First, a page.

A special Chinese envoy visits Kiev, Moscow, and European parties regarding the Ukrainian crisis


Over the past few months, China has sought to position itself as a mediator and play a leading role in resolving crises in the world, and has said that it is a neutral party in the war in Ukraine. And the Chinese Foreign Ministry said Friday that China’s special representative on Eurasian affairs will visit Ukraine, Poland, France, Germany and Russia starting from May 15 to promote peace talks between Moscow and Kiev, to be the highest Chinese diplomat to visit Kiev.

Beijing has faced criticism for its refusal to condemn Moscow over the invasion. More than a year after the war broke out, Chinese President Xi Jinping spoke to his Ukrainian counterpart Volodymyr Zelensky by phone last month. Chinese state television quoted Xi as telling Zelensky at the time that negotiations were the only solution to war. Beijing later announced that Li Hui, the Chinese ambassador to Russia from 2009 to 2019, would lead a delegation to Ukraine.

“The Chinese government’s special representative for Eurasian affairs, Li Hui, will visit Ukraine, Poland, France, Germany and Russia to communicate with all parties on the political settlement of the Ukraine crisis,” said foreign ministry spokesman Wang Wenbin at a regular press conference. Wang promised that Li’s tour showed “China’s commitment to promoting peace and talks” and “fully shows that China stands firmly on the side of peace,” adding, as quoted by several news agencies, “China is willing to continue to play a constructive role in building more international consensus on A cease-fire, an end to the war, the start of peace talks, and the avoidance of an escalation of the situation. Commenting on the visit, Chinese Foreign Minister Qin Gang, who is currently in Norway, said: “We are all concerned about the situation and call for peace and a political solution, which China supports and encourages from the first day of the conflict.” But choosing Lee as a special envoy raised questions. Before leaving Moscow in his capacity as ambassador, President Vladimir Putin awarded him the Order of Friendship.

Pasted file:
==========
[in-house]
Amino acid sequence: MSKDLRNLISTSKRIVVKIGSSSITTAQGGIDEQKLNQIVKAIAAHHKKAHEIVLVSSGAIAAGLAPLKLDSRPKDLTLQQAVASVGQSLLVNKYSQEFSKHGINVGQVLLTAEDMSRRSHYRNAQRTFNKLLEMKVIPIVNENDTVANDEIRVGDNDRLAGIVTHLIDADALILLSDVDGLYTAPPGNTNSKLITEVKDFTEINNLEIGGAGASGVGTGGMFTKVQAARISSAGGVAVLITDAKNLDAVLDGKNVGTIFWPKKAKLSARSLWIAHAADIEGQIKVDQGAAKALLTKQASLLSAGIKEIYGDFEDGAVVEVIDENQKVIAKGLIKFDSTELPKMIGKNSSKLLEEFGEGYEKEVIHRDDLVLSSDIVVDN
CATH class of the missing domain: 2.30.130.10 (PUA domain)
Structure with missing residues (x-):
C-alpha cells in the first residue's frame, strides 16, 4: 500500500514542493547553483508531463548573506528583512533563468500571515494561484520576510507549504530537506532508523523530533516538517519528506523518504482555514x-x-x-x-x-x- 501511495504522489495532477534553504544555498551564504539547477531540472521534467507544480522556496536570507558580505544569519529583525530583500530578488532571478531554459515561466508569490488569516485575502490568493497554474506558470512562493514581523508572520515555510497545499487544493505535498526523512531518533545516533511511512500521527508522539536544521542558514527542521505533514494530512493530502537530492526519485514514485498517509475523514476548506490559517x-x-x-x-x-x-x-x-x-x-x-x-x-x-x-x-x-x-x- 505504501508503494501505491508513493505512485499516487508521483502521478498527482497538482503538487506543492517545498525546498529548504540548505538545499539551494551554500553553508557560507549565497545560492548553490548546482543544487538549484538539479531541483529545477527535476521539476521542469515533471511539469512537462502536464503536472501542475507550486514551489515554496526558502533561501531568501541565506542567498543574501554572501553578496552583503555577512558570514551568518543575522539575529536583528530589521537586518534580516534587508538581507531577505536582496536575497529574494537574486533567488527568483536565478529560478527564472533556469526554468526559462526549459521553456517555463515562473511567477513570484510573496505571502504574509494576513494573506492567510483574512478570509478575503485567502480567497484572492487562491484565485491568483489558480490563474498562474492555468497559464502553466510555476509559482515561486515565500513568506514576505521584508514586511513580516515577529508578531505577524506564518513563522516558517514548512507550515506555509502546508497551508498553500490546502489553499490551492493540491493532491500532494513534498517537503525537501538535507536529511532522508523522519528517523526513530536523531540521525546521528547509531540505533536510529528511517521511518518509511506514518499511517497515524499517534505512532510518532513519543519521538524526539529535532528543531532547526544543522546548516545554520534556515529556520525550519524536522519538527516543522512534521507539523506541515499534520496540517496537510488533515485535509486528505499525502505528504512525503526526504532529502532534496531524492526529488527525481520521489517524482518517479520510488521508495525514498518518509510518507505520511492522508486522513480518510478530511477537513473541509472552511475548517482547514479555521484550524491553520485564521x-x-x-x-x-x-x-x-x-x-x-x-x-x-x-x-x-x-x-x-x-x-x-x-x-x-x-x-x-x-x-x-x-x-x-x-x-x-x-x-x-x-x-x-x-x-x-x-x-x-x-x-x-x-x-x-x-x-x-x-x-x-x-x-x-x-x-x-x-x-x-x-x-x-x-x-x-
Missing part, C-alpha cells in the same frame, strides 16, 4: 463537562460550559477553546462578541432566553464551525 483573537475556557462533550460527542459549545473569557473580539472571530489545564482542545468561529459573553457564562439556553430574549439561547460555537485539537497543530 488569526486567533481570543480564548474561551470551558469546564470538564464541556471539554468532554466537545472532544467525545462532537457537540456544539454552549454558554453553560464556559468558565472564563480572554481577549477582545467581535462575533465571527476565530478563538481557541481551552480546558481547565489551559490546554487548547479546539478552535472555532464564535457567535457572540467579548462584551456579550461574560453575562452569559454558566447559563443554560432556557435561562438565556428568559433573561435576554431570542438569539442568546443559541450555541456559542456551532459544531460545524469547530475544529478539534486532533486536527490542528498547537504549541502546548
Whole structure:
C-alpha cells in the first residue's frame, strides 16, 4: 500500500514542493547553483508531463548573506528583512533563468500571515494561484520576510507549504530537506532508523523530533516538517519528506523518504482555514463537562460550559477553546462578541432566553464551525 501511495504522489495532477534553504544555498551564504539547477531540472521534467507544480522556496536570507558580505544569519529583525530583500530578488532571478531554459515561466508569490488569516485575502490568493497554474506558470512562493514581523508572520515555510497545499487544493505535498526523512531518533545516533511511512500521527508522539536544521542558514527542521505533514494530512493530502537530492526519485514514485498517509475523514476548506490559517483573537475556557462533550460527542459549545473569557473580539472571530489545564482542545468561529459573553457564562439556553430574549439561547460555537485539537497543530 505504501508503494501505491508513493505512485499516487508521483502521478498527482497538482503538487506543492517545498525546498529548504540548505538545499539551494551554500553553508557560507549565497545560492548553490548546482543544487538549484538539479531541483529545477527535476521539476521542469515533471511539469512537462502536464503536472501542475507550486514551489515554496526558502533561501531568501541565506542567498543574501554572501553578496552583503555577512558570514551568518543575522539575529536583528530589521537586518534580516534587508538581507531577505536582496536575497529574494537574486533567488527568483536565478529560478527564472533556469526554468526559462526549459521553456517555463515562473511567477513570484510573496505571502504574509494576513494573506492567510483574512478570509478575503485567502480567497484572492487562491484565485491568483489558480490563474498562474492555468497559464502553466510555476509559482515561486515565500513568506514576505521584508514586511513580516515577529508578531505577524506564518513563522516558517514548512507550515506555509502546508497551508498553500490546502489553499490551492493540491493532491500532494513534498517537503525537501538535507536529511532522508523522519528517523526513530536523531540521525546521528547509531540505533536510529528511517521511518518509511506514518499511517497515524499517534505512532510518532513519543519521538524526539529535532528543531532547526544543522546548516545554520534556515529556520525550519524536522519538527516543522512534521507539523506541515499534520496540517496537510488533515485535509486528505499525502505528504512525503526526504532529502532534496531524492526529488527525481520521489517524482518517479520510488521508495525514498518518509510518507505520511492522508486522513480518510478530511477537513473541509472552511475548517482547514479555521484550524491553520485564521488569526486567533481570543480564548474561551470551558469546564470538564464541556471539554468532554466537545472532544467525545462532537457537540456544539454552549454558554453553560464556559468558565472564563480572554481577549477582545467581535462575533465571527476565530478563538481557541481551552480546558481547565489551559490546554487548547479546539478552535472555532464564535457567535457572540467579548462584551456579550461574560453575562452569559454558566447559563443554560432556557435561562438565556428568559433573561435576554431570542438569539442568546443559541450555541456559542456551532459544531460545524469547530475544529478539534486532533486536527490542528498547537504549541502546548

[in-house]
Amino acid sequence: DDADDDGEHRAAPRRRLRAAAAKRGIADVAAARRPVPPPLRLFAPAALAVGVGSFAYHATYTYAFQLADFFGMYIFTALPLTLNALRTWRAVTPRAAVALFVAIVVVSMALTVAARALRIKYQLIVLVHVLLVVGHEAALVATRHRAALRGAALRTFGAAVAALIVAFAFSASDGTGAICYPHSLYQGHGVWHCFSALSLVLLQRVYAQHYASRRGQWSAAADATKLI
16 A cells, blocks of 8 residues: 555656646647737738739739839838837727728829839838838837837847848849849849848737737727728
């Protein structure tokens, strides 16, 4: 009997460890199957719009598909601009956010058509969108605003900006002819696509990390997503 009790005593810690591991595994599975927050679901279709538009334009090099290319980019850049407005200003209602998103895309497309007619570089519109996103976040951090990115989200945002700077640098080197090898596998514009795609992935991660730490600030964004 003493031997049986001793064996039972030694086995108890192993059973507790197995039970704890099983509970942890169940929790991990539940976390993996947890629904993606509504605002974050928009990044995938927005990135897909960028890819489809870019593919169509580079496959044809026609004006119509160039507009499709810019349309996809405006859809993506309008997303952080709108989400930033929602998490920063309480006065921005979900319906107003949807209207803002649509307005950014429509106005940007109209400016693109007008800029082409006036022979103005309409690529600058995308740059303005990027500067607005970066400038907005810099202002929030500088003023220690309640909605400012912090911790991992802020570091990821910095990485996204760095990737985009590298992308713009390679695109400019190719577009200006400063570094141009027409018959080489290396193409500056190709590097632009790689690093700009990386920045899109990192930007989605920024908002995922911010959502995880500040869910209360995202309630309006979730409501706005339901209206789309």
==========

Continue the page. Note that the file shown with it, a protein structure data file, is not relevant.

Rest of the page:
The Chinese president’s phone call to Zelensky followed a 12-point proposal for a ceasefire, quickly rejected by Kiev’s allies, as a one-sided deal that would benefit the Kremlin. Western countries criticized the document for its vague wording, noting that it prompted Zelensky to announce his openness to talks with Xi. The document’s first point states that “the sovereignty, independence and territorial integrity of all states must be effectively preserved.” But China has consistently refused to explain why this is related to the war in Ukraine.

In a related context, a senior Italian political source confirmed that Ukrainian President Volodymyr Zelensky will arrive Sunday in Rome, where he will meet President Sergio Mattarella, before heading to the Vatican to meet Pope Francis and then to hold talks with Prime Minister Giorgia Meloni.